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The paper, Random Fourier Features for Large-Scale Kernel Machines by Ali Rahimi and Ben Recht ,

makes use of Bochner's theorem which says that the Fourier transform $p(w) $ of shift-invariant kernels $k(x,y)$ is a probability distribution (in layman terms).

And therefore the kernel can be expressed as the inverse-Fourier transform of $p(w)$

$\begin{eqnarray} k(x,y) &=& \int_{R^d} p(w) e^{j w^T (x-y} dw \\ &=& \mathbb{E}_w[\psi_w(x) \psi_w(y)^*] \end{eqnarray}$

where,

$\psi_w(x) = e^{j w^T x}$, and $\psi_w(y)^* = e^{-j w^T y }$ is the complex conjugate

The statement the paper makes at this point is that since, $p(w)$ is real and even, the complex exponentials can be replaced with cosines, to give,

$k(x,y) = \mathbb{E}_w[z_w(x) z_w(y)]$

where $z_w(x) = \sqrt{2} cos(w^T x)$

I do not understand where this comes from.

From what I understand about Fourier Transforms, $p(w)$ is real and even for real and even $k(x,y)$.

Therefore, it should actually be,

$\begin{eqnarray} k(x, y) &=& \mathbb{E}_w[cos(w^T (x-y)] \\ &=& \mathbb{E}_w[cos(w^T x) cos(w^T y) + sin(w^T x) sin(w^T y)] \\ &=& \mathbb{E}_w[z_w(x)^T z_w(y)] \end{eqnarray}$

where $z_w(x) = [cos(w^T x), sin(w^T x)]^T$

What am I missing ?

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The direct Fourier interpretation would indeed be $\cos(w^T x), \sin(w^T x)]$, as you've listed.

You've actually slightly misunderstood the paper's proposal for only-cosine features, though; they use $\sqrt{2} \cos(w^T x + b)$, with $b \sim \mathrm{Uniform}[0, 2 \pi]$. Then \begin{align} \sqrt{2}\cos(w^T x + b) \sqrt{2}\cos(w^T y + b) &= \cos((w^T x + b) - (w^T y + b)) + \cos((w^T x + b) + (w^T y + b)) \\&= \cos(w^T (x - y)) + \cos(w^T (x + y) + 2 b) ,\end{align} and we have \begin{align} \mathbb E_{w,b} 2 \cos(w^T x + b) \cos(w^T y + b) &= \mathbb E_{w,b}\left[ \cos(w^T (x - y)) + \cos(w^T (x + y) + 2 b) \right] \\&= \mathbb E_w \left[ \cos(w^T (x - y)) \right] + \mathbb E_{w,b}\left[ \cos(w^T (x + y) + 2 b) ] \right] \\&= k(x, y) + 0 .\end{align} The random offset $b$ makes the second term zero.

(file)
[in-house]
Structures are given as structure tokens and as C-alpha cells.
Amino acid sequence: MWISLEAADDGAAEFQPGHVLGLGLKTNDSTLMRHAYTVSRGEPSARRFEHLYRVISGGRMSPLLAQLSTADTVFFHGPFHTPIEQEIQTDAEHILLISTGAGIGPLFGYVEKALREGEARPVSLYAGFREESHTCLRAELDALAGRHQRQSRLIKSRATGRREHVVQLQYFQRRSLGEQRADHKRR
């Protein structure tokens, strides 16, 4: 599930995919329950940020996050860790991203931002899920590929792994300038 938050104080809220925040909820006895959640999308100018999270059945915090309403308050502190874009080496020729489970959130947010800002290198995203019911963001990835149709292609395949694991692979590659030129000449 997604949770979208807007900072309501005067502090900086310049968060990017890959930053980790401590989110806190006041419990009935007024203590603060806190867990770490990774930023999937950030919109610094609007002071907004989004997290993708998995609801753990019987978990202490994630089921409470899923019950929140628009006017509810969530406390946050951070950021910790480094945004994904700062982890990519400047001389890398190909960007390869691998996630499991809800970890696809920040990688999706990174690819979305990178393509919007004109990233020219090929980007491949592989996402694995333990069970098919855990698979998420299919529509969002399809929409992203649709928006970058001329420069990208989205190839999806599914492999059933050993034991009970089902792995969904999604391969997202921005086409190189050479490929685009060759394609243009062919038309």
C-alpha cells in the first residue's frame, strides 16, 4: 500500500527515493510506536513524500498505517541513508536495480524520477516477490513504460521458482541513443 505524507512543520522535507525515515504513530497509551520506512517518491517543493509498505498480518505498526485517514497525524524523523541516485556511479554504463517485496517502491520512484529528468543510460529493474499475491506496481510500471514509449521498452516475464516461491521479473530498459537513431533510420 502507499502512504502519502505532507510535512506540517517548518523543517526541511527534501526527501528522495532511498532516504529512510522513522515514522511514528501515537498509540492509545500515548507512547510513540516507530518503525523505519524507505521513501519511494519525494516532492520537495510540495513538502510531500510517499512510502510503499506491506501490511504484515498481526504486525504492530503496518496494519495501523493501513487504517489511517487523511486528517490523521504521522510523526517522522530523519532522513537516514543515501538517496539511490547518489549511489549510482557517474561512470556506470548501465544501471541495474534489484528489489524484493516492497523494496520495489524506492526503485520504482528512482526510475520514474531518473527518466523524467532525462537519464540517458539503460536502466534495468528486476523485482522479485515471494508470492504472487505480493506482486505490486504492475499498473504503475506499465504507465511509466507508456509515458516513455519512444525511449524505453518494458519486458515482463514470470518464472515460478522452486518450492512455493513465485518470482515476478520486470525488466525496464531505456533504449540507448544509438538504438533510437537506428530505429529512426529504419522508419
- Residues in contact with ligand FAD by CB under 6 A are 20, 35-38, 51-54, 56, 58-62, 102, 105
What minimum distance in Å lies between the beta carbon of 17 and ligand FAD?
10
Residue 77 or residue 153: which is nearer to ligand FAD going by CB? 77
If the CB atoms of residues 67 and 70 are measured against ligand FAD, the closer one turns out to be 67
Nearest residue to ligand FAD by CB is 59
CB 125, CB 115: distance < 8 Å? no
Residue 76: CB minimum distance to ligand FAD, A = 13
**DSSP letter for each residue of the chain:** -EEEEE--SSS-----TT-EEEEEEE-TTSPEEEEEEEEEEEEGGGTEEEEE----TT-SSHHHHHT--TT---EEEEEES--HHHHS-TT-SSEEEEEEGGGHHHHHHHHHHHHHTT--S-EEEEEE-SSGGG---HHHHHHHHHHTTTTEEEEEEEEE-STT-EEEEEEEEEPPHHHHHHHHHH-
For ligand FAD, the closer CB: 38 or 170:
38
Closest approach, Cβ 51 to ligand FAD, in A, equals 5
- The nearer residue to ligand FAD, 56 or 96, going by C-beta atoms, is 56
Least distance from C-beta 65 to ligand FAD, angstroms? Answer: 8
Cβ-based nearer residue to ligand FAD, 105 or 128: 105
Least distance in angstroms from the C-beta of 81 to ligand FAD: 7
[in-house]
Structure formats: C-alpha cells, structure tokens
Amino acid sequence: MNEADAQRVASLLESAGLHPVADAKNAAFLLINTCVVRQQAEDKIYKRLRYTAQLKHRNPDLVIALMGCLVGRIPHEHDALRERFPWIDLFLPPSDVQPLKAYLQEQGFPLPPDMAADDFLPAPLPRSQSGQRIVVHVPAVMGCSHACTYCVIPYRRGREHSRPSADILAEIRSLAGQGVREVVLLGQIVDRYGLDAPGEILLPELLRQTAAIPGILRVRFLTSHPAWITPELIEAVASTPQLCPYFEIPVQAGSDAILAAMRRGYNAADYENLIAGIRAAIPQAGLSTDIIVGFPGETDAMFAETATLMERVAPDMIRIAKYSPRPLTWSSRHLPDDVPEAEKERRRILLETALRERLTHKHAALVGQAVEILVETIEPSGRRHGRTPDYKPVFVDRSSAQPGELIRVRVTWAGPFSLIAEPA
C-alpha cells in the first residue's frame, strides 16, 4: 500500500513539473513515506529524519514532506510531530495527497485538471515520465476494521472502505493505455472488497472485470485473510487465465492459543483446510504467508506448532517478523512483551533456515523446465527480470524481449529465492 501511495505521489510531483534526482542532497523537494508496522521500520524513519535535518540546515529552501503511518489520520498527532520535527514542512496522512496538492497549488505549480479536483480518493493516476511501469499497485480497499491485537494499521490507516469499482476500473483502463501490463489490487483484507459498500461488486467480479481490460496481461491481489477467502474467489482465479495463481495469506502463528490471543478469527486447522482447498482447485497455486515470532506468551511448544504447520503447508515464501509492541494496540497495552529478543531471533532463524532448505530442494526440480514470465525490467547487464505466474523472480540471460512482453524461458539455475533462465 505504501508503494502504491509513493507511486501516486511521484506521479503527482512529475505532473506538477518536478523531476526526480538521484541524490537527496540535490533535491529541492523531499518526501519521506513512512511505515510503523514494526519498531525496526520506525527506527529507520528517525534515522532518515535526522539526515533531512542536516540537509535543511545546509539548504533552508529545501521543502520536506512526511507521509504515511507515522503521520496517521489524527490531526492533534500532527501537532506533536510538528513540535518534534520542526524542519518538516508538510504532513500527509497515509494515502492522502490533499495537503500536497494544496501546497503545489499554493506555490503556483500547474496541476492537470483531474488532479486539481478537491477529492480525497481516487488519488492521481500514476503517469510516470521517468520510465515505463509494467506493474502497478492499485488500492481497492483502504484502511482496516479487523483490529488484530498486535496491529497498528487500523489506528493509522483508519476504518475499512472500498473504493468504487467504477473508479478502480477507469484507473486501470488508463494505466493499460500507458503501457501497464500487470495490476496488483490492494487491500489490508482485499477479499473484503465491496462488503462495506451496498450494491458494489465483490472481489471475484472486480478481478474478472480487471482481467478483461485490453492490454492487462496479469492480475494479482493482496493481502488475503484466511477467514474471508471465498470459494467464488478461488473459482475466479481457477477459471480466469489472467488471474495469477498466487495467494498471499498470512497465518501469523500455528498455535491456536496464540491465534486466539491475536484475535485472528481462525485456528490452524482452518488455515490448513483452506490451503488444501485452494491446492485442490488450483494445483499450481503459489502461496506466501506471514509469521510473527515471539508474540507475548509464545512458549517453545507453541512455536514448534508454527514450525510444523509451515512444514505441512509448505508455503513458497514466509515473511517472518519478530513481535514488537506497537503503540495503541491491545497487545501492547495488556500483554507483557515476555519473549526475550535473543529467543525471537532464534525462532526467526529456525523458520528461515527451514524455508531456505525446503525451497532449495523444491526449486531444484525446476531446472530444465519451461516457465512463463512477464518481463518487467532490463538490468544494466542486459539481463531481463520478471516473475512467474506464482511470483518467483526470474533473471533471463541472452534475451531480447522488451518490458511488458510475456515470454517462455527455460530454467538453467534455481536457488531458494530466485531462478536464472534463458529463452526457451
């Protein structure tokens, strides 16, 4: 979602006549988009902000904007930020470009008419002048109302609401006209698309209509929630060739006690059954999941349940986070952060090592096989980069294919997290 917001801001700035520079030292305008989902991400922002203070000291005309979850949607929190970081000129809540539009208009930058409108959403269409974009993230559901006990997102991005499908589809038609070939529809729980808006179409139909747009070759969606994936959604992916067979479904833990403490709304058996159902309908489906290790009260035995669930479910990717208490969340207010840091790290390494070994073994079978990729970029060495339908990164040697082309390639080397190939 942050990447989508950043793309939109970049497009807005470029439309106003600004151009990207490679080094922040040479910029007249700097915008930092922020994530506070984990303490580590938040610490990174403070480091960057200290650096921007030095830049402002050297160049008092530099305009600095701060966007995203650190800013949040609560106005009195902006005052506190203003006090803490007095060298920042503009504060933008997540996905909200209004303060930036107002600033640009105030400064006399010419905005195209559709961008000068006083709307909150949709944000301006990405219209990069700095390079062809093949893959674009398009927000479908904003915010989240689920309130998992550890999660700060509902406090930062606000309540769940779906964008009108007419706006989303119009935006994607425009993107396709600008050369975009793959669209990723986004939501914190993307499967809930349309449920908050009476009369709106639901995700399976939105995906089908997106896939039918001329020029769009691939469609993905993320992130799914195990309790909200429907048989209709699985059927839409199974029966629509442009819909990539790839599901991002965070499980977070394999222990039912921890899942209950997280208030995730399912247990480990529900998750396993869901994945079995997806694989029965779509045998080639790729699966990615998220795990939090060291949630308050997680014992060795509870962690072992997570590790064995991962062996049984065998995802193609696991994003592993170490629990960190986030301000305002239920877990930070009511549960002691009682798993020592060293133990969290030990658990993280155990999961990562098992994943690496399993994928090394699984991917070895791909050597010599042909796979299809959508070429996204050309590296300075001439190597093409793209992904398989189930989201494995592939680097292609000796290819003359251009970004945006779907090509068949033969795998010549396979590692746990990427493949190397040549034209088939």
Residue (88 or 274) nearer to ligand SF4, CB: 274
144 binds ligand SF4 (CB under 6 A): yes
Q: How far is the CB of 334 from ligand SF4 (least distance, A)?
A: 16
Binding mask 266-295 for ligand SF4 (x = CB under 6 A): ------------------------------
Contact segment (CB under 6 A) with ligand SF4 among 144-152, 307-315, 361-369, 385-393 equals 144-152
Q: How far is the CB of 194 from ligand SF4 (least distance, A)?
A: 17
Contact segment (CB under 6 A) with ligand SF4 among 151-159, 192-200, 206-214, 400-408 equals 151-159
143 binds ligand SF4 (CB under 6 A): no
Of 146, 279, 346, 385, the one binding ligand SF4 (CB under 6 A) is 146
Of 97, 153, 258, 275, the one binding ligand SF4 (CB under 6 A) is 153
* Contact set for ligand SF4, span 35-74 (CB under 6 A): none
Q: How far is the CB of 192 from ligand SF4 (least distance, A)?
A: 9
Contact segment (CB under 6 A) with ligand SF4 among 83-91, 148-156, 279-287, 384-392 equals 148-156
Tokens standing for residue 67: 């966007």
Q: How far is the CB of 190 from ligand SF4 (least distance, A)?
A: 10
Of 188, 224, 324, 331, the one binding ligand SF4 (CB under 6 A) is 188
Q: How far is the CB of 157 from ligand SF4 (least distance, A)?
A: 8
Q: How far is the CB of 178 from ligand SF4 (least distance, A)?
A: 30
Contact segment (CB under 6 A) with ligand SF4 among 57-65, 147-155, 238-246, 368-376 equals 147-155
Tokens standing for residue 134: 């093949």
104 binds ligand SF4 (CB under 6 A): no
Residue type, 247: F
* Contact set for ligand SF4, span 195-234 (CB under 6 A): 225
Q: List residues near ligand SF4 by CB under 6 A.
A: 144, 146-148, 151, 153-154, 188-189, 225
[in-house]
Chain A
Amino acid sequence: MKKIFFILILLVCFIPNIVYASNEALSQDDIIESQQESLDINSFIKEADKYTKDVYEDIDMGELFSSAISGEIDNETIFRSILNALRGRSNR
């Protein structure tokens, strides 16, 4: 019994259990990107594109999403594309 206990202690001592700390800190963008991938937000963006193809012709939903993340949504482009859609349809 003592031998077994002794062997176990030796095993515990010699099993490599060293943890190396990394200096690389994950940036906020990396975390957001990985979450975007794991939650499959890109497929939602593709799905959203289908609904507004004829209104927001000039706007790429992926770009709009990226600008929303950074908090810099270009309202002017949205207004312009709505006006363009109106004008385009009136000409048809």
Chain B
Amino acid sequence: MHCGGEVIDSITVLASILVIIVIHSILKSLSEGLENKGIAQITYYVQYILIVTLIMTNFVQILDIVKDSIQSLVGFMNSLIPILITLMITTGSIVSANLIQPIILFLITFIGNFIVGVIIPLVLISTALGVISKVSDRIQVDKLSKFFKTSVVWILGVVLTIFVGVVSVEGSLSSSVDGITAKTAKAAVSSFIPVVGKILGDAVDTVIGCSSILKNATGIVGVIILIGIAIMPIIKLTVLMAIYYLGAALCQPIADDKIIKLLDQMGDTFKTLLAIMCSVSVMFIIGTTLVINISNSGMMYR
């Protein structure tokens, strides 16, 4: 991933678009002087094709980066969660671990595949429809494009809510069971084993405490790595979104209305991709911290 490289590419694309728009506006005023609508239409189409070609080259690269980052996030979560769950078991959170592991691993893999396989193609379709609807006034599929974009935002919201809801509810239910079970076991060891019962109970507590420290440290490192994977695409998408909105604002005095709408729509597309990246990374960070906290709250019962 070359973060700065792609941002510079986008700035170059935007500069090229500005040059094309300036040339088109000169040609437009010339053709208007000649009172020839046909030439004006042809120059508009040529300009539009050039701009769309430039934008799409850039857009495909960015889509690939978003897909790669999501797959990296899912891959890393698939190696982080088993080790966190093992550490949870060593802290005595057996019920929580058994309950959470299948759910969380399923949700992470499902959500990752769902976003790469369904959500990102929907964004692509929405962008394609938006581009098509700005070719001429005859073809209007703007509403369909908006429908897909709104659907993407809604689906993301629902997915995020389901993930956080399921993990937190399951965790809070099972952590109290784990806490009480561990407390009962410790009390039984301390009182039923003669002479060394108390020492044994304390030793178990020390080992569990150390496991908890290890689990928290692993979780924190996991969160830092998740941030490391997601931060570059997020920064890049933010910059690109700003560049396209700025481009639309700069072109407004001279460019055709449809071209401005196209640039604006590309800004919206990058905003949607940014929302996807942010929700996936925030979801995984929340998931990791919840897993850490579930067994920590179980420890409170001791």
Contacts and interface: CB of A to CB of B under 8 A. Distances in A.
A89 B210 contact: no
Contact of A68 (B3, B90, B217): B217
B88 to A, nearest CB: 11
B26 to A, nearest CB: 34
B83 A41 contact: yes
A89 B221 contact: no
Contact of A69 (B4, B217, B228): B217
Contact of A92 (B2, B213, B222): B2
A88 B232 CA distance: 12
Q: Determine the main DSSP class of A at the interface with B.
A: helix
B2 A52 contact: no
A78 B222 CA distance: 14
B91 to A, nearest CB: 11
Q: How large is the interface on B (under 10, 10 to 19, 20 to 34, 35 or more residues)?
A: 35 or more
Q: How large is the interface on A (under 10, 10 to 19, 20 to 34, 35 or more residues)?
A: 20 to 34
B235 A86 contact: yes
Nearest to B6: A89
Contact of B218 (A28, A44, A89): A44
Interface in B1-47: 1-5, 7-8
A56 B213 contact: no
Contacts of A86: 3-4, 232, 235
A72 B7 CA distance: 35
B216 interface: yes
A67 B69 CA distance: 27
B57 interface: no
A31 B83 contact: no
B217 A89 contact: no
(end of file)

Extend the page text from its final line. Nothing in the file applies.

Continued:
This form is somewhat more convenient, in that you have one feature per dimension. But it turns out that actually, given a constant number of dimensions, you get slightly better kernel approximations by using pairs of features without the additive noise than you do by using single dimensions with the additive noise – see chapter 3 of my thesis, which fixes a few slight errors in our earlier paper.

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  • $\begingroup$ Dougal, it seems like you've done a lot of work in this area. If you have time, I'd appreciate it if you could answer my RFF question here: stats.stackexchange.com/questions/440633 $\endgroup$ – gwg Dec 17 '19 at 16:12

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